So, yeah … that’s me in the center of that photo, pretending to eat salad. It is from the ad campaign to introduce Isaac Mizrahi’s first collection for Liz Claiborne, which Stephanie Rosenbloom wrote about in the NYT last week. This blog post is an attempt to answer some of the questions I’ve been frequently asked about this over the past couple of weeks and months.
Frequently Asked Question #1: What the fuck?
Yeah, I know, right?
Frequently Asked Question #2: No, seriously: how did this happen?
The idea behind the campaign was to use “real women” of various ages and sizes. Some of these women were friends of Team Isaac, others were found by Jennifer Venditti, a casting director who knew me because she made an amazing documentary a couple of years ago called Billy the Kid, which I wrote about. I went and met the photographer, Arthur Elgort, tried on some clothes, danced to a Prince song while stylists and various Liz Claiborne people stared at me, and the following week they asked me to do it. We shot for two days, starting the morning after the election. They had my hair colored at Garren and cut on set. They provided us all with free Spanx, but I ditched mine after the first shot because they made me feel bulky and weird.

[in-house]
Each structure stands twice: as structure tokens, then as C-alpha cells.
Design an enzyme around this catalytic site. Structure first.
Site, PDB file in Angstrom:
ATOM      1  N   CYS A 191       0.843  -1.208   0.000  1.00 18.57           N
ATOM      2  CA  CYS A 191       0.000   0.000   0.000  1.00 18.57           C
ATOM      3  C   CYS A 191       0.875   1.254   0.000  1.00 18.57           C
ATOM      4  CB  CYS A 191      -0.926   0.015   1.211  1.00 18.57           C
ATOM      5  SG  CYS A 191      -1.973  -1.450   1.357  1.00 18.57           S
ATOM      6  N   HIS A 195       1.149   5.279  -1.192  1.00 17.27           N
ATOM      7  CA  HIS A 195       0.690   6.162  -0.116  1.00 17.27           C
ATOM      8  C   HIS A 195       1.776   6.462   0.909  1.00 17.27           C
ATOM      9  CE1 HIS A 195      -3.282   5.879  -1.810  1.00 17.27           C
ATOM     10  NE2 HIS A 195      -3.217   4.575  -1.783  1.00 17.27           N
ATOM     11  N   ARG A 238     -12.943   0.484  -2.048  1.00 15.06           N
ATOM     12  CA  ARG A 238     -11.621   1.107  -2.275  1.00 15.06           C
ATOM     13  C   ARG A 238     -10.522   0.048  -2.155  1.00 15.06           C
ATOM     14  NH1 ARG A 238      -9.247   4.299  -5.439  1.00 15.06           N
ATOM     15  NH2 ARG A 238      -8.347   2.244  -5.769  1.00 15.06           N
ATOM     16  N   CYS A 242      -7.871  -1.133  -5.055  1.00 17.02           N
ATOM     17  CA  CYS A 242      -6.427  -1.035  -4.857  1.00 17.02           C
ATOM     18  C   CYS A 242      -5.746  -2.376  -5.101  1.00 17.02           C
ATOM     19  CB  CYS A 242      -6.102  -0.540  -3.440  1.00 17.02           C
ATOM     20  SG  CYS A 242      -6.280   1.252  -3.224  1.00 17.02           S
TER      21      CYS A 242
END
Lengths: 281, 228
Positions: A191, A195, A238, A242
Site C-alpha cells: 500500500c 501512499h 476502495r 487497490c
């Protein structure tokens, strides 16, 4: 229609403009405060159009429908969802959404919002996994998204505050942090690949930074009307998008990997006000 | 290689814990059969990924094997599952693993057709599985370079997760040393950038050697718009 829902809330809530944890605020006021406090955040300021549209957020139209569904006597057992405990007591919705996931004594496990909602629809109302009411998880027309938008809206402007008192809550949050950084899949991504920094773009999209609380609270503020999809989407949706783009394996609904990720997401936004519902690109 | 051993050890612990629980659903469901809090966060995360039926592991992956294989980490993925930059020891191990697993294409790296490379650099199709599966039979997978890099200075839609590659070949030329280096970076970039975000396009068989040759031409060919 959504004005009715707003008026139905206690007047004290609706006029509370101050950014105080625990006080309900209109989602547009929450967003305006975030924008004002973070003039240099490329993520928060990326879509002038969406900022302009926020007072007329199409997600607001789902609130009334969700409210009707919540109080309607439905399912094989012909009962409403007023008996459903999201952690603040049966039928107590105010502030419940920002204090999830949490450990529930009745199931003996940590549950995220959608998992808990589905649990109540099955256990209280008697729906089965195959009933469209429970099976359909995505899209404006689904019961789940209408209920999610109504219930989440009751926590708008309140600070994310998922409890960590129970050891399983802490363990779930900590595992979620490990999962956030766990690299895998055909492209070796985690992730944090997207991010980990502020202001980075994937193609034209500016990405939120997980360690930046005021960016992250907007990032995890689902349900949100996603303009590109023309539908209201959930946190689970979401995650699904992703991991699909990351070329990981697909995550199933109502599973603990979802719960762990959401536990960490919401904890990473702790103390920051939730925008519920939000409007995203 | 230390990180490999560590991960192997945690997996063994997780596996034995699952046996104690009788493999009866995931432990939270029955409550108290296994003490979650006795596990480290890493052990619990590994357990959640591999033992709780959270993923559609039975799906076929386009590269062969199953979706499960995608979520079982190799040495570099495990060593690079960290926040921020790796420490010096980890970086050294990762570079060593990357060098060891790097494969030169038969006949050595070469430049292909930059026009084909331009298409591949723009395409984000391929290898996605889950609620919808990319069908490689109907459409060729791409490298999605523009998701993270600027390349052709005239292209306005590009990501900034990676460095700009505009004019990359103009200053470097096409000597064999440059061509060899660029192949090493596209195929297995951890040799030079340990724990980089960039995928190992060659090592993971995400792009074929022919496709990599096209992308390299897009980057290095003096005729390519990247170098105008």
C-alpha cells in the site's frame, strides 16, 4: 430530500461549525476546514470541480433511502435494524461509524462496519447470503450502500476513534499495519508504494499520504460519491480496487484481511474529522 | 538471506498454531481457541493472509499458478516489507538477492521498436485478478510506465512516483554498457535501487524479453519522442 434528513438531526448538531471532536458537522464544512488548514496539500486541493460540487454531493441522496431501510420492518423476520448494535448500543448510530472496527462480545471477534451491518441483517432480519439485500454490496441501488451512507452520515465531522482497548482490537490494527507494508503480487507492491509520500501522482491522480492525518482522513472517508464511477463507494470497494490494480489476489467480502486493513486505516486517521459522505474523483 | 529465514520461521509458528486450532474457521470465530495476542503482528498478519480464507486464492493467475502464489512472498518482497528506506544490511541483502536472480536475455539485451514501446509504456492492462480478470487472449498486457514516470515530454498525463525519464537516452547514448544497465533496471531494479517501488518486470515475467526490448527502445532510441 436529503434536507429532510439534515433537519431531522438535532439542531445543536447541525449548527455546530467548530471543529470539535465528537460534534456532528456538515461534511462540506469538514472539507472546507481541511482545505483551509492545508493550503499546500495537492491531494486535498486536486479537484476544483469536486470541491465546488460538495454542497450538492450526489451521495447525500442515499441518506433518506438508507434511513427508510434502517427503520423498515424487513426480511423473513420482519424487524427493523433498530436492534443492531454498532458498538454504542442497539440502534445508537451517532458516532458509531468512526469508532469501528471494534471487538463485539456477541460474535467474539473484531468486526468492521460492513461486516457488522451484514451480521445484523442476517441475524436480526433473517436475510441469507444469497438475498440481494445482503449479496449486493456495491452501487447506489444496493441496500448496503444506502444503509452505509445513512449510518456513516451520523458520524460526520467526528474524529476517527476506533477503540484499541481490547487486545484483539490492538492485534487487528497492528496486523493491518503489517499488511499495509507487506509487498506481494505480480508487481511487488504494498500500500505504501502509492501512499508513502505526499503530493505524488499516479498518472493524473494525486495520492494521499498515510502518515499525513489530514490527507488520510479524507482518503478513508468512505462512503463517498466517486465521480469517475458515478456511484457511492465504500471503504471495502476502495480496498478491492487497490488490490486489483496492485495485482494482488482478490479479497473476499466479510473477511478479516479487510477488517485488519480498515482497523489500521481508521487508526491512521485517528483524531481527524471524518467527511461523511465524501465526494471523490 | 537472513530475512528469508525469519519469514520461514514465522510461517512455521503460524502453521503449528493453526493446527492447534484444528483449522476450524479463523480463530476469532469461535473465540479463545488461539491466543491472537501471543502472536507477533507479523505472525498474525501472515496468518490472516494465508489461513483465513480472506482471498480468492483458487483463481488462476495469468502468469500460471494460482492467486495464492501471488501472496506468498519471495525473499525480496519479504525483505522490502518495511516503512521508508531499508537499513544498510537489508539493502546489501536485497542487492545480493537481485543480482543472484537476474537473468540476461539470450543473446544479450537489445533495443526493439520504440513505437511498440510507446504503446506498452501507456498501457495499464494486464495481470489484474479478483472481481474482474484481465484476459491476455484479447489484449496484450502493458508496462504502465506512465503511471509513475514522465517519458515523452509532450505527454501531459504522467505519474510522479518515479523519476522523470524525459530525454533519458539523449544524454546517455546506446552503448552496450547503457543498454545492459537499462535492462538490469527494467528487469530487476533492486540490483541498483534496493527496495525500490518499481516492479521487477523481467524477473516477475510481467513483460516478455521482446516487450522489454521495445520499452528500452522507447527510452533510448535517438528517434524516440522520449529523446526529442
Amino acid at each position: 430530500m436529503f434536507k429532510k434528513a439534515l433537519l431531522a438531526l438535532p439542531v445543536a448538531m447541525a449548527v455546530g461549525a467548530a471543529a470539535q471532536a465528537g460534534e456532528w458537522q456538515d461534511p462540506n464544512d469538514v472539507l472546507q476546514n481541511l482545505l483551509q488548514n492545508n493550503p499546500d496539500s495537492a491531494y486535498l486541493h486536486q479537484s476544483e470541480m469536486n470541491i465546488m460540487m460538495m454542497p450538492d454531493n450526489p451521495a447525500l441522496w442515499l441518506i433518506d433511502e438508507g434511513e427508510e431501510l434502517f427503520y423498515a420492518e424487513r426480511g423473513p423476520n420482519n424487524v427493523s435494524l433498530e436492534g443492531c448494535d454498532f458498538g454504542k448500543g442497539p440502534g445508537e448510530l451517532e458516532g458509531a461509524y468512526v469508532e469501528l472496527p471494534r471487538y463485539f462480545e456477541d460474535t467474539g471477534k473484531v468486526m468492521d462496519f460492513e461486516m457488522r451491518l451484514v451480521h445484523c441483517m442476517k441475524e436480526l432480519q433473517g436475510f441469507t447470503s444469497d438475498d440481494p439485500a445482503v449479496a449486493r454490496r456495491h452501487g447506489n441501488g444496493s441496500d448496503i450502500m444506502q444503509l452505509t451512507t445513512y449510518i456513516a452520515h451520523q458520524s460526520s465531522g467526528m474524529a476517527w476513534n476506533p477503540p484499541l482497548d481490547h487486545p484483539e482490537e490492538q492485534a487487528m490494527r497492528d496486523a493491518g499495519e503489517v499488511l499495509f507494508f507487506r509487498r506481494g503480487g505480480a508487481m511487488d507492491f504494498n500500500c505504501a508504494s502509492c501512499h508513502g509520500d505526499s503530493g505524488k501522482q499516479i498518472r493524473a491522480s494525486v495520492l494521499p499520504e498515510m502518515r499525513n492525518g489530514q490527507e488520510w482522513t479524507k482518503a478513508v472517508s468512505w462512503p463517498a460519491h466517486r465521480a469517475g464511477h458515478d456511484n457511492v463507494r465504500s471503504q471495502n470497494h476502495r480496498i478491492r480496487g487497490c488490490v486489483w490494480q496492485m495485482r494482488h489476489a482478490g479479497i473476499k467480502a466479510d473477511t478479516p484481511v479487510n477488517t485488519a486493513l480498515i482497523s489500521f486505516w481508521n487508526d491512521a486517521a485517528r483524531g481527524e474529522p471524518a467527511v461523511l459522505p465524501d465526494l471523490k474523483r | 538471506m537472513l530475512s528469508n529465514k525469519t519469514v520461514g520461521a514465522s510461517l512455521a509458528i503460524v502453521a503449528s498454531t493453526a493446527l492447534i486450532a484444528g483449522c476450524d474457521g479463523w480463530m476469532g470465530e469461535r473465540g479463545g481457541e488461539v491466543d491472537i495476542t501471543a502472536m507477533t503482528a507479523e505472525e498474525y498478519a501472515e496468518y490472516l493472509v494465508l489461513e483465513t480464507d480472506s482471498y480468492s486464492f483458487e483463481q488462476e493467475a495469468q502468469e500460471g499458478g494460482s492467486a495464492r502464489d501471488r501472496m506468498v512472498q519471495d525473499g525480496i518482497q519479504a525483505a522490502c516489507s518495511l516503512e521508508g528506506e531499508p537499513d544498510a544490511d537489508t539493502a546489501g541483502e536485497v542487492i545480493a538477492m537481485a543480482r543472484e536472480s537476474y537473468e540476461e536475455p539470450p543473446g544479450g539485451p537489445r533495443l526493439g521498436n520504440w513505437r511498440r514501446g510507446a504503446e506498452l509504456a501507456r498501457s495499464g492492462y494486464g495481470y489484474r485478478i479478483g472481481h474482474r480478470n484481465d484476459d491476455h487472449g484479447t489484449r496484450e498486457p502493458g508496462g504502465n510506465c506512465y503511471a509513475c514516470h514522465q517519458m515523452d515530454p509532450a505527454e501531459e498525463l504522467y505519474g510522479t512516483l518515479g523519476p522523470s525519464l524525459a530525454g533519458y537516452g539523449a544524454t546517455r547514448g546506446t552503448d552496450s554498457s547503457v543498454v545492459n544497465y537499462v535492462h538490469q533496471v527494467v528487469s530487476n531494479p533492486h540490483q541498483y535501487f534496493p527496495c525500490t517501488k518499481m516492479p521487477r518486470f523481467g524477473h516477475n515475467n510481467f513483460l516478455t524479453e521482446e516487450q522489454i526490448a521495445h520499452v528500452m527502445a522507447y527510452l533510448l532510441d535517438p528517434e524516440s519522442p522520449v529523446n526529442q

Frequently Asked Question #3: But you’re a film critic! Why would you do this?
A lot of reasons, actually. I really do love clothes, even if I’ve often felt excluded from traditional fashion. I’ve been an Isaac fan ever since watching him base a collection around Nanook of the North in Unzipped. For a day and a half of work, they paid me more than I make in a month. And I’m kind of hoping some how, some way, I’ll figure out a way to get a book deal out of it. Any help toward that end would be much appreciated.
Frequently Asked Question #4: Did you get to keep the clothes?
Frequently Asked Question #5: Did you write that blurb about yourself on the Liz website?
No, but it’s not completely fictional, and ultimately, I support the idea of a company trying to associate their product with the consumption of classic movies. On set, they asked me something about my personal style, and I repeated something I’ve said before, about how glamour should always be a little fucked up, like it started perfect, but then you stayed out all night — like the first scene of Breakfast at Tiffany’s. I will be the first to admit that my own personal style always kind of goes back to the idea of Audrey Hepburn on a bender.